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Keeping Up Appearances - or How Google Prefer to Count Conversion Costs

Posted by Steve Cameron
Steve Cameron
Steve Cameron is the Director Owner of Advent Communication. With more than 25 years experience he has a deep...
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on Tuesday, 30 December 2014 in Google

I'm pretty good at math.

I can't do calculus or anything really complicated, but I consider myself to be one of those people that are "good with numbers". At the very least I know that $163.27 divided by 1 should be $163.27.

So I was understandably confused when Google reported that it was actually only $61.53....

Here's how this came about.

I set up a new account for a client and almost immediately we added call tracking (the best call tracking - from the nice people at Call Tracking Metrics). We duly configured our goal in Google Analytics and imported this back into Google AdWords as a conversion.

Over the Christmas holidays things have been slow, but there has been some traffic and there was a phone call. Sure enough, this reported into Analytics and a couple of days later back into AdWords. In a way, I'm pleased that things were a little slow, because had we been busier I might not have noticed this funny little reporting quirk.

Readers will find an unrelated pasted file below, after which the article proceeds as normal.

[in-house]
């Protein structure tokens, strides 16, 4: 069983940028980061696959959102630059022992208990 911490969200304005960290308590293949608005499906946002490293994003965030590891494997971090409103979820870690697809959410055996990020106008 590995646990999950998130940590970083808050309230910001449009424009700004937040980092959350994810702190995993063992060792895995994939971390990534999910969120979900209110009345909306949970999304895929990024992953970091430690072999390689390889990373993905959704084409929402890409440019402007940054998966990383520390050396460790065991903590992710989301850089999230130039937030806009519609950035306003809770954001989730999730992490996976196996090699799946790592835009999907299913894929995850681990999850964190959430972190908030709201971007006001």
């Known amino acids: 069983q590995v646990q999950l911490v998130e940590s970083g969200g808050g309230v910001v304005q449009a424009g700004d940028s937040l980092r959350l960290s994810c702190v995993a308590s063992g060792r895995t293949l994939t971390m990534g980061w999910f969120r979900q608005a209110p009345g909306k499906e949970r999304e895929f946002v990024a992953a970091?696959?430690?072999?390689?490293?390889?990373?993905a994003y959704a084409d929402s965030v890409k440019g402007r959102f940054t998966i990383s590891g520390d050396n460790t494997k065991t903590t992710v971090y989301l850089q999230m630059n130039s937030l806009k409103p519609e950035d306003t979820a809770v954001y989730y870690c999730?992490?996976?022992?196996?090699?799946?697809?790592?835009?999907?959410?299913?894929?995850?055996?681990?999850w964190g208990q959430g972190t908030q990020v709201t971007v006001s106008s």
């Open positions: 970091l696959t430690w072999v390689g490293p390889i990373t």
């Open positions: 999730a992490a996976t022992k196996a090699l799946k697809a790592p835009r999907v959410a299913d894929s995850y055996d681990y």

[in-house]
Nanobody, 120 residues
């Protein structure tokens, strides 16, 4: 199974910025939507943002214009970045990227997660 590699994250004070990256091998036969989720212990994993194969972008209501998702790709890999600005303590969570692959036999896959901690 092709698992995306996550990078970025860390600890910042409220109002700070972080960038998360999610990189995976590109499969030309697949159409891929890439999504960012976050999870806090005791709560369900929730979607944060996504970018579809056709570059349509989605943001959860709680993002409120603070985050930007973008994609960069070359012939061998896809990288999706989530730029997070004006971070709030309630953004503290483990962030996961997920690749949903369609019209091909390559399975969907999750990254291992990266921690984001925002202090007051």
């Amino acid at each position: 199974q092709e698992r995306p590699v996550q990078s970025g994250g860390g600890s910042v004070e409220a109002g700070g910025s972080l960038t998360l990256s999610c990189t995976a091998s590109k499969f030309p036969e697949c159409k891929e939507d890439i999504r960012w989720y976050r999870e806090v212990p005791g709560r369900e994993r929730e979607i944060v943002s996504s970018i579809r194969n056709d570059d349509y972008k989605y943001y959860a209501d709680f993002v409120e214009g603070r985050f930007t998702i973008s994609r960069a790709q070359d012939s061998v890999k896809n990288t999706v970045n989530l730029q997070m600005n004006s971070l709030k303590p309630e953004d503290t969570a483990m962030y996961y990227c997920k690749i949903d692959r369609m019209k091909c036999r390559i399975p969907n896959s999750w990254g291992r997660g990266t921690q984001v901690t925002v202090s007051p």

There are two interesting things that appear to be happening in the report Google sends. Firstly, the cost per conversion doesn't include any cost incurred before conversions were imported. That's fine - in fact it would be essentially wrong if it did.

But the other thing is a little misleading at best, and slightly more than deceptive at worst.... when we launched the campaign we applied a $100 coupon to the account. Google does not compute the value of this coupon in the calculation of the cost per conversion. So although the ad spend was $163.27 - the system subtracted the $100 coupon value and calculated the cost per conversion only in terms of the clients "real" spend.

There is a logic to this. Twisted, but there. Let's suppose that the conversion was a much simpler conversion than a phone call, or a sale - a measure of time on site, for example - and let's assume that approximately 25% of visitors would convert. In our case from the 36 visitors, we would have seen 9 conversions. The "true" cost of these conversion would have been $163.27 (at least, if you wanted to replicate this performance, this is what it would cost you) - so a cost per conversion of $18.11... but if we only count the cost without including the coupon then this figure would drop to $7.03.

Optimisation decisions probably shouldn't be taken after so few visits, but, if they were, I am sure that the decisions would be different if the true (replication) cost were considered.

Am I being paranoid, or is this designed to mislead?



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